Effect Audio Gaea Review

Today we review a new collaborative IEM from Effect Audio and Elysian Acoustic Labs: the Effect Audio Gaea Hybrid IEM, which sells for $1299 USD.


Elysian Acoustic Labs

Elysian is known for its highly-regarded Annihilator IEM. They’re a boutique brand from Malaysia, and the founder is Lee Quan Min. He began his own DIY research, first starting refurbishing an Ultimate Ears Triple.Fi 10.

He then started providing reshell services, then making his own IEMs and receiving high acclaim. Altough it’s not that well-known in Europe, Elysian is more popular in the eastern market, and with this Gaea IEM, they’re collaborating another popular brand, Effect Audio.

Effect Audio

Singaporean Effect Audio is one of the most recognizable cable companies in the market. With their relations with other well-known companies, and with their products’ performance as a whole, EA is a reliable manufacturer in terms of aftermarket cables.

Whenever a fellow audiophile asks me about which cable they should get, one of the first brands that come to my mind is Effect Audio. We’ve been reviewing their products since 2014 so it goes a long way. They recently renewed their online website and you can check it out here.

To check out our Effect Audio articles you can click here.,


New EA x EA Gaea is a hybrid IEM, combining 4BA (Sonion) and 1DD (Foster) drivers. There’s a “DiVe Pass II Dual Ventilation System”, which is the same method used in the Annihilator IEM. DiVe Pass II represents two different and independent bass ports. So instead of the conventional single bass port in a hybrid IEM, Gaea uses two, hence eliminating driver flex, and providing a better diaphragm movement, resulting in better bass response. 

The sound of GAEA is tuned by both brands while keeping an authentic Elysian Acoustic Lab’s house sound.

Apart from ventilation, all internal wiring for Gaea has been specially chosen and custom applied by Effect Audio. The IEM uses a bespoke mix of Copper and Silver-plated Copper materials. 

For the design part, Gaea represents the Earth’s colour tones from different environments. From the bespoke cable to the special wooden faceplates, the design here is aimed to be harmonious. The faceplates are stabilized rare maple wood with resin, and every Gaea model looks a bit different since the texture is unique with every production.


The Effect Audio Gaea comes with a medium-sized box, which is a bit large for an IEM and just short of a full-size headphone package. Gaea -a goddess in mythology- is printed on top with a golden accent. Inside, you’re greeted with a message from both brands’ founders. A cool touch there. Under that paper, you have the IEMs displayed on top. Under that compartment, you have your accessories and a carrying case.

The supplied tips are from SpinFit, which I usually like because of its great comfort. You have the typical goodies like a cleaning cloth and a tool. It’s nice packaging overall. Not spectacular, but decent and the presentation is pretty good. 

Design & Build

The design of the Gaea to me is very natural and elegant. The faceplates are the highlight here, and as I remarked, they’re from stabilized wood. The rest of the IEM is simple with full glossy black, but it actually is a nice combination with the faceplates. The cable is also designed to look as natural and earthy as possible. It completes the design very well, and overall Gaea looks sharp, smooth, and authentic.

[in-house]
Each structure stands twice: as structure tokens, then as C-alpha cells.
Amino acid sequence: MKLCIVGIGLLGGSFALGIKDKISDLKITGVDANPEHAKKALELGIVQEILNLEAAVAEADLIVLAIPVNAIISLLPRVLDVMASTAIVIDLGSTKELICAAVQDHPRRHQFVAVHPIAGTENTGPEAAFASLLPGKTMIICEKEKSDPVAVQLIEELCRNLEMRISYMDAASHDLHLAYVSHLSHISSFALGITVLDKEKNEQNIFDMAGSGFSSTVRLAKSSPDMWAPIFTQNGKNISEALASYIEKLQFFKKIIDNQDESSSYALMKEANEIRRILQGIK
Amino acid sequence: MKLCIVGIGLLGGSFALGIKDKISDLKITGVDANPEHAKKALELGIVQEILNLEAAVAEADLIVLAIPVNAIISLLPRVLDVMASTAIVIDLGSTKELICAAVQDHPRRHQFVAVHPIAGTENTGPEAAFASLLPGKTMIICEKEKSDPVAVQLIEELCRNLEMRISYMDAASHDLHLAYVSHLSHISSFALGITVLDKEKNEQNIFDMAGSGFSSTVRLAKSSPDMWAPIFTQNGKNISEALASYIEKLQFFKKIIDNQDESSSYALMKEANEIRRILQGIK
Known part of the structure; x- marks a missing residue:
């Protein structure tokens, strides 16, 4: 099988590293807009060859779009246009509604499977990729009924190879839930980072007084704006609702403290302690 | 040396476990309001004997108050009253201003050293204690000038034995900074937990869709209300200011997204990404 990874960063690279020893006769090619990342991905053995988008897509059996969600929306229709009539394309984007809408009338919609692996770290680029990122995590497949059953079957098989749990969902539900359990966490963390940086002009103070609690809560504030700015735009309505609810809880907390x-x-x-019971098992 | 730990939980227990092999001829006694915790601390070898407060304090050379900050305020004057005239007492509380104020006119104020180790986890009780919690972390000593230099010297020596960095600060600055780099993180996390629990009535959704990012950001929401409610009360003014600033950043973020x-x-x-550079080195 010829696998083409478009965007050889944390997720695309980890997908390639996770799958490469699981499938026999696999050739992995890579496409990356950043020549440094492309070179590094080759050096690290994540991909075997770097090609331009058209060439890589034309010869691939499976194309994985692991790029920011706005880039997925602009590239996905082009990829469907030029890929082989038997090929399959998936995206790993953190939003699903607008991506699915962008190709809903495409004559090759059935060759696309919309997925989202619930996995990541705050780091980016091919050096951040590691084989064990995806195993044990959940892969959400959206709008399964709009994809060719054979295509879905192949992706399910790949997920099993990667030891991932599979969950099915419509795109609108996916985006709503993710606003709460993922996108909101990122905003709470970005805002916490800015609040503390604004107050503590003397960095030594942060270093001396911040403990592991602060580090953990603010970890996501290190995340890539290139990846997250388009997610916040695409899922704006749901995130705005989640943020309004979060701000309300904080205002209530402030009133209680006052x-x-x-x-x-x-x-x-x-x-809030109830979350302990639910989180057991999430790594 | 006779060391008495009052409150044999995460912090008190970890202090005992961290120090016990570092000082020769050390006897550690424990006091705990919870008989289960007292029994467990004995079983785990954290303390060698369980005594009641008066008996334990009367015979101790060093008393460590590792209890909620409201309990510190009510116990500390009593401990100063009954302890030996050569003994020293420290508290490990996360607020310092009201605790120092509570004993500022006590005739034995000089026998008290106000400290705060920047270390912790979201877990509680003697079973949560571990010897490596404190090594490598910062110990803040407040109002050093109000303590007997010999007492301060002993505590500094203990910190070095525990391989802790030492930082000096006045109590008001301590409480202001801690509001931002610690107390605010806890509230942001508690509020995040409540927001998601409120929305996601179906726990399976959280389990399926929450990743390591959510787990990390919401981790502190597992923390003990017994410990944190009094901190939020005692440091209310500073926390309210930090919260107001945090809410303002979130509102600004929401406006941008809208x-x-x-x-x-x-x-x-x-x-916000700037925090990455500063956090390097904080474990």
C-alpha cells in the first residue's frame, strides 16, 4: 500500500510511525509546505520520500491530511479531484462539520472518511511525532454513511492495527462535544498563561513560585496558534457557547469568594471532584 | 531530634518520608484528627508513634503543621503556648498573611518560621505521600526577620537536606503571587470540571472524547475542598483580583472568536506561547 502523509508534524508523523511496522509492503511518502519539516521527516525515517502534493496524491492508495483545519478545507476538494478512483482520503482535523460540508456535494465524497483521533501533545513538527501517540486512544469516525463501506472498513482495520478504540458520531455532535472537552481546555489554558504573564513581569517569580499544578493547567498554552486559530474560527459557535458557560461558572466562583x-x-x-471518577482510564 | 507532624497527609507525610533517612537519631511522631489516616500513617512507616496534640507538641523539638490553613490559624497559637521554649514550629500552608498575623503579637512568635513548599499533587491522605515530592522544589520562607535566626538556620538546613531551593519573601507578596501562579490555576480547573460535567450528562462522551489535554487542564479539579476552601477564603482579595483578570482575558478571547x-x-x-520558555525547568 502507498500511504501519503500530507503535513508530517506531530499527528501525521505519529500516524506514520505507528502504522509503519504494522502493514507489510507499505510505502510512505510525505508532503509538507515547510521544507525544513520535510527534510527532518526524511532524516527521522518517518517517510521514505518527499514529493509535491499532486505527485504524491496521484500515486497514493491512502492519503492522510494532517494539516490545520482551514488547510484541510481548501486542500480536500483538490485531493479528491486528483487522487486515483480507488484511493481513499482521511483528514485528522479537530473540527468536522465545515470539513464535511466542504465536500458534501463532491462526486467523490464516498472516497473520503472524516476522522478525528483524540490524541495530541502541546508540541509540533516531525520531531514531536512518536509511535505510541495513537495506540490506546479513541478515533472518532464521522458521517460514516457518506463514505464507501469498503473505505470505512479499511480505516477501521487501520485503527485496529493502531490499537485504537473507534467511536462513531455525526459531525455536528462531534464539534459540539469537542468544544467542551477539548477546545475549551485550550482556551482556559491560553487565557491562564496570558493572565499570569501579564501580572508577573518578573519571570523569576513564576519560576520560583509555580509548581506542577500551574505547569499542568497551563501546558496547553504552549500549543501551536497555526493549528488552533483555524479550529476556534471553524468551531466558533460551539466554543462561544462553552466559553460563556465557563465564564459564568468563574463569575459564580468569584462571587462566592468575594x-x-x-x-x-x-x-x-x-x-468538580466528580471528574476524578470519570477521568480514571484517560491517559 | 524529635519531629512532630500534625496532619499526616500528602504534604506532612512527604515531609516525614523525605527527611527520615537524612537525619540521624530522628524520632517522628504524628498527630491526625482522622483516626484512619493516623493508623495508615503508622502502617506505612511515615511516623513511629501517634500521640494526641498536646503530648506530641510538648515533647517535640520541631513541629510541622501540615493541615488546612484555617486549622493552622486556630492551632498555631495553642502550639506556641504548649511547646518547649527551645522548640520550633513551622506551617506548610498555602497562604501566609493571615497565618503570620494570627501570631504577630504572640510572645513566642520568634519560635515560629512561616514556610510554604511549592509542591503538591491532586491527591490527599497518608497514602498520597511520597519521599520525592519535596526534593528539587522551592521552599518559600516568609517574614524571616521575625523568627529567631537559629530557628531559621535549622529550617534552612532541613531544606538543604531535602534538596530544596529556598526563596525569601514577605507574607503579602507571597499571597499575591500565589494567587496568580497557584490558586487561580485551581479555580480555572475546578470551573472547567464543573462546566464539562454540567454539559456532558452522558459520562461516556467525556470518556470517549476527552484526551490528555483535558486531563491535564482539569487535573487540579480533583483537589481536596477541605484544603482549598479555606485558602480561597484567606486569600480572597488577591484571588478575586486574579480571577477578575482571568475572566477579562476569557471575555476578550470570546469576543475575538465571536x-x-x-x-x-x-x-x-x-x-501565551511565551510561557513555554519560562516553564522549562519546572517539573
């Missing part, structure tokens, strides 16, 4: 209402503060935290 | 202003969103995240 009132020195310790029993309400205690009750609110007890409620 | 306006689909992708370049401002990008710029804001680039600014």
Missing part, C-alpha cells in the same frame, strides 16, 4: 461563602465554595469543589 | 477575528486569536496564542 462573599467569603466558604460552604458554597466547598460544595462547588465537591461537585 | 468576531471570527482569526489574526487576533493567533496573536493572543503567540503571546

The IEM has high-quality materials and it’s put together very well. The shell leaves no question in terms of quality and durability. The cable has good tensile strength with good braiding quality. The cable connectors, now a usual feature, are ConX-supported. So you can change the connector if you want to use this cable with other IEMs.

Elysian Acoustic Labs choose to go with P-Ear (Pentaconn Ear) connectors. This new connector type actually looks like MMCX, but it’s different, offering a more fixed connection with less rotation. I find it a good solution since MMXC is prone to disconnect. It’s also easier to attach. However, the IEM socket looks a bit fragile with a single pin on top. So you should still be careful.

Overall the Gaea is very well built. I can’t bring up any considerable flaws regarding its construction.


The fit of the Effect Audio Gaea has been pretty good for me. It’s a bulky and rather large IEM, so it sticks out a bit from my ears. But it’s very comfortable with the stock SpinFit tips. I tried other tips like Spiral Dots, Final E types, and other stock tips from other IEMs, but the SpinFit worked best in my case. The nozzle length is ideal for a secure and flush fit.

Isolation is not industry-leading at all, but it’s much better than what I expected since it has dual bass ports. So isolation is pretty nice, but the best part for me has been the overall comfort. It fits quite well. But this area is very subjective so your mileage may vary. 

Page 2: Sound Quality
Page 3: Technical Performance, Sources, Comparisons, Conclusion
4.7/5 - (11 votes)

A keen audiophile and hobby photographer, Berkhan is after absolute perfection. Whether it is a full-frame camera or a custom in-ear, his standpoint persists. He tries to keep his photography enthusiasm at the same level as audio. Sometimes photography wins, sometimes his love for music takes over and he puts that camera aside. Simplistic expressions of sound in his reviews are the way to go for him. He enjoys a fine single malt along with his favourite Jazz recordings.

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